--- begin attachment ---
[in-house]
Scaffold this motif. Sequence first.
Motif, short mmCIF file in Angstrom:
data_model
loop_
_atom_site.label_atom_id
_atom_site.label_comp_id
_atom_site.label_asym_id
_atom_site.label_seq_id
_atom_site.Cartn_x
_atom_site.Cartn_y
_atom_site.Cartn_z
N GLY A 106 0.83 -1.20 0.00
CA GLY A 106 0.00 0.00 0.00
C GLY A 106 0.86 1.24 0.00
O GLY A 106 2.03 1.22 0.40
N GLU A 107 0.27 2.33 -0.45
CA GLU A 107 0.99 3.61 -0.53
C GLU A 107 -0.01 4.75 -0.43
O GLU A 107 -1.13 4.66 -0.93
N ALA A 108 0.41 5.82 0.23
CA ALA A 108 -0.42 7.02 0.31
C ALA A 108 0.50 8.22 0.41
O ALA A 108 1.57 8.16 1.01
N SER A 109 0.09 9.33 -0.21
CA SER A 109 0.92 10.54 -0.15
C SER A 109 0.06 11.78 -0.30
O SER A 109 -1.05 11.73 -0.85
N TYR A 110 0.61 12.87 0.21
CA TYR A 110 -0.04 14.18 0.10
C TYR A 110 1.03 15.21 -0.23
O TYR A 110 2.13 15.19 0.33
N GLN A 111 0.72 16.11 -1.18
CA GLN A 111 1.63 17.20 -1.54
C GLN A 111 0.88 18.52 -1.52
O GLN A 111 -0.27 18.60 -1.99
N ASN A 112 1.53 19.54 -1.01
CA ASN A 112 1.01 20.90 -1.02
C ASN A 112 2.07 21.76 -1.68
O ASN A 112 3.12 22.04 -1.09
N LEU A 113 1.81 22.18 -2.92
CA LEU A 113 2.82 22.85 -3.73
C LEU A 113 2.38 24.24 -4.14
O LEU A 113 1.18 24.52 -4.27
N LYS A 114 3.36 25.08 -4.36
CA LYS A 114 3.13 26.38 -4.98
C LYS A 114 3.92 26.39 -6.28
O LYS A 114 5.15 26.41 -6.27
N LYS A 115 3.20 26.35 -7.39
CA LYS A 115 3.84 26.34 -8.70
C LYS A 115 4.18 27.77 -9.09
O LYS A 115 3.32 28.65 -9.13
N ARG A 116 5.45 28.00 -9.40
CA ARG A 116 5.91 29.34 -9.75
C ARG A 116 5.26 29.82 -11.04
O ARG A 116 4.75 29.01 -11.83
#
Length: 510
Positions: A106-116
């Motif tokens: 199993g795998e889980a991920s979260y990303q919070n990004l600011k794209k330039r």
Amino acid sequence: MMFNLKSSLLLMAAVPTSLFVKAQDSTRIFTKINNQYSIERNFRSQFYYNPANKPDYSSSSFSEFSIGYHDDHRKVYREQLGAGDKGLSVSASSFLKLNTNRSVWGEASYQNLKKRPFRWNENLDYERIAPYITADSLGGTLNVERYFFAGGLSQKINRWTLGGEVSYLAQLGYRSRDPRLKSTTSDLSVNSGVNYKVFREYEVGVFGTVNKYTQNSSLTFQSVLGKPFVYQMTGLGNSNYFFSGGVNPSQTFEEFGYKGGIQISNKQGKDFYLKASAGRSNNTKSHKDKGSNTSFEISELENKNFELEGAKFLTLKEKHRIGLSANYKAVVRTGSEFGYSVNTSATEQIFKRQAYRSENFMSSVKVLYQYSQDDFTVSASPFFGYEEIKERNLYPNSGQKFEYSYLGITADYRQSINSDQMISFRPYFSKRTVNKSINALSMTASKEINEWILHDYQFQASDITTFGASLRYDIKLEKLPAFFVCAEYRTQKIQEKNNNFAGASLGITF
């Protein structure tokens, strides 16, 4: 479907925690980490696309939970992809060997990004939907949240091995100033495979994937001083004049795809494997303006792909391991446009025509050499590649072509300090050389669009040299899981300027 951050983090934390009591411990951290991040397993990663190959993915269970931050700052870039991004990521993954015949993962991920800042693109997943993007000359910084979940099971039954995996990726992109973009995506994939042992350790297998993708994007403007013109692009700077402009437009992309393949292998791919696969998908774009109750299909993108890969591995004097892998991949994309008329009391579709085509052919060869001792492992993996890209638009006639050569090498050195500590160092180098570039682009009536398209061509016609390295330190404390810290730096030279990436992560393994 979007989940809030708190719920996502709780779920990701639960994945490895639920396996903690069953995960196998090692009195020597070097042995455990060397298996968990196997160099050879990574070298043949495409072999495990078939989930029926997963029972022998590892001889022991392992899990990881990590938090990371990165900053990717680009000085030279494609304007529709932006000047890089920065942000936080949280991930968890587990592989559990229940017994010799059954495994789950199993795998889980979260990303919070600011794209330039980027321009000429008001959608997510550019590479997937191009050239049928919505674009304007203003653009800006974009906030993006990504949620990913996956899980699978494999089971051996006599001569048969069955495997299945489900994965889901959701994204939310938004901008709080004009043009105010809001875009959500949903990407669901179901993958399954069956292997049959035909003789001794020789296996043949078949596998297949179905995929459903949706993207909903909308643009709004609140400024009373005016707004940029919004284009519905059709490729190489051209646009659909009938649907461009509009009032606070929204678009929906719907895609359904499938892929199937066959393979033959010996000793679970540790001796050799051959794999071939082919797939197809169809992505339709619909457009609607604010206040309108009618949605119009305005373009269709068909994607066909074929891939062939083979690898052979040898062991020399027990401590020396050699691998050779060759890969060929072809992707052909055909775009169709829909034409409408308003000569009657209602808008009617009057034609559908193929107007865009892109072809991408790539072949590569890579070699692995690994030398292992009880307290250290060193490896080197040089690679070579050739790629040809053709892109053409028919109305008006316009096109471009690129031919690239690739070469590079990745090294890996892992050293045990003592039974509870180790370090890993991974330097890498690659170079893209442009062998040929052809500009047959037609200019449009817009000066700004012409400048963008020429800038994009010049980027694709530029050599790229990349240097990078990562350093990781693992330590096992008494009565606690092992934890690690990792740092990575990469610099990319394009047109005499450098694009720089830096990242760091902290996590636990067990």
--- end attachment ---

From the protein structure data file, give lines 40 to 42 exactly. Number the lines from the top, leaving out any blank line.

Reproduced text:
O ASN A 112 3.12 22.04 -1.09
N LEU A 113 1.81 22.18 -2.92
CA LEU A 113 2.82 22.85 -3.73